- Try not to scream or shout if possible, as this could trigger a nursing strike or make your baby think that biting is a game(!) - Break the seal of your baby's latch straight away with your little finger every time. - Be clear when you tell your little one "No biting," showing him your teeth so that he understands. - Say, “Big mouth,” before he latches on, and demonstrate opening your own wide to encourage a really deep, comfortable latch. For more detailed guidance, you can find a blog post on this topic here.
  • What is normal when it comes to breastfeeding and my period?
    - Some women will see their period return within months of giving birth, whether they are exclusively breastfeeding or not. - Others will not see the return of their menses until they stop breastfeeding completely, which can take years in some cases. - Most nursing mothers see their periods return within 9 to 18 months. You can read more about breastfeeding & your period, here. Adapted from my 64 page guide, 'Breastfeeding & Your Period: Everything you Need to Know About Menstruation, Conception & Fertility,' which is available to buy here, now.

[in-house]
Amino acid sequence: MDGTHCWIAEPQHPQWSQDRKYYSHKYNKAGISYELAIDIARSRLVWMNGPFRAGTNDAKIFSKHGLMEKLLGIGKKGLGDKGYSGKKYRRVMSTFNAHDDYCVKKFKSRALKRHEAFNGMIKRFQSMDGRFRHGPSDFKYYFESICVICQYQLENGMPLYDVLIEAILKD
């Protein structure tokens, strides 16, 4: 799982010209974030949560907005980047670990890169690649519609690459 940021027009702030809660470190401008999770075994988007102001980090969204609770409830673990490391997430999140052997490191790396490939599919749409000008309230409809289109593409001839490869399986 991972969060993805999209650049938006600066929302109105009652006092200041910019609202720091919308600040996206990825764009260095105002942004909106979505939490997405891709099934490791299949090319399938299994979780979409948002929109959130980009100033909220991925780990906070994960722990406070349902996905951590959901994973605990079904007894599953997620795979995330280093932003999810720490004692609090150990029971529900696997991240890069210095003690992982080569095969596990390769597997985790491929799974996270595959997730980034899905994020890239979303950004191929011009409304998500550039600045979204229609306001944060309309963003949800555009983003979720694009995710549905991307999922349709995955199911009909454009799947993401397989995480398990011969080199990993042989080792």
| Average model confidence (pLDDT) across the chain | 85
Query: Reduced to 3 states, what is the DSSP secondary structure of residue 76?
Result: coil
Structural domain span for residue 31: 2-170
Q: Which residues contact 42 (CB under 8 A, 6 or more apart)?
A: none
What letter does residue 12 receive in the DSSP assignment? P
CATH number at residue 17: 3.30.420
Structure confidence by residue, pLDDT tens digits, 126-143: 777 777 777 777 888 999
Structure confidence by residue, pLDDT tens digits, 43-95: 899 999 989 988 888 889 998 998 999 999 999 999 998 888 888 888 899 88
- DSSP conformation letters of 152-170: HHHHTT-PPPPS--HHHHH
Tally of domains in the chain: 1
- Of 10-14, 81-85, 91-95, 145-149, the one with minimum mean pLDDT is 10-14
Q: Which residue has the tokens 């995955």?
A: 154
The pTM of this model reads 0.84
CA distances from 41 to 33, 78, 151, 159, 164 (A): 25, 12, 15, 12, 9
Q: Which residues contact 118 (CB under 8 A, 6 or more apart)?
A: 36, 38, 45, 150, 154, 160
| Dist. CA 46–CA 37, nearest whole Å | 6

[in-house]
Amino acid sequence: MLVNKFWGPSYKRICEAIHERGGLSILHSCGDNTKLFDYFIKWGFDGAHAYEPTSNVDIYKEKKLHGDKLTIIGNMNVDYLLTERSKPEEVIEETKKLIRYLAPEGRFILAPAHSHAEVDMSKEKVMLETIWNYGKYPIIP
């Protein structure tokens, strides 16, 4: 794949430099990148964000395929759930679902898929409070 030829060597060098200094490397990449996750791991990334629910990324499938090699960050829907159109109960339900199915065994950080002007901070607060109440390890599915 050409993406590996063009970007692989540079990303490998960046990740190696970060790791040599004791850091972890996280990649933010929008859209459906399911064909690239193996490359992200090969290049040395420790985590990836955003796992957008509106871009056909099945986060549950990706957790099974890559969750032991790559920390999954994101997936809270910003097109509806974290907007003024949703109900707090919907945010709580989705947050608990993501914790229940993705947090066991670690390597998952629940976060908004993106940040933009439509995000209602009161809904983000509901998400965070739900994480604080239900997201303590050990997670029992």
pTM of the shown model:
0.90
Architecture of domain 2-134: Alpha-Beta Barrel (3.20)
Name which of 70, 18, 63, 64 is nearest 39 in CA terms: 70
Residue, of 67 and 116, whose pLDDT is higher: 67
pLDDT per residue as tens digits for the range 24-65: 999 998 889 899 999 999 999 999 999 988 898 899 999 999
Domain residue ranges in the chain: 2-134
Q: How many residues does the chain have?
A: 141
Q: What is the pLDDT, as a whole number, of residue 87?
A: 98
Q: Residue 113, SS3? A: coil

• Can I get pregnant whilst breastfeeding?
    In short, yes it is generally possible to get pregnant while breastfeeding, but that is not the case for every mother. You can read more about this, here.
  • My baby is sleeping long stretches (day or night), do I need to wake them to feed?
    - It is recommended that you breastfeed your baby on demand for as long as you are breastfeeding. - If your baby is awake and showing hunger cues (chewing fists, turning head, sucking fingers or lips, etc.), offer them the breast. - If your baby is asleep, you do not need to wake them to feed unless you have been advised to do so by your healthcare provider. - Check that your baby is gaining weight at the expected rate and producing at least 8 heavy wet nappies and at least two dirty nappies (soiled with a stool around 1 inch in diameter) within 24 hours for the first 8 weeks of their life. If they are not, seek help from a healthcare professional.
  • My breastfed baby or toddler nurses every X minutes or hours - is this normal?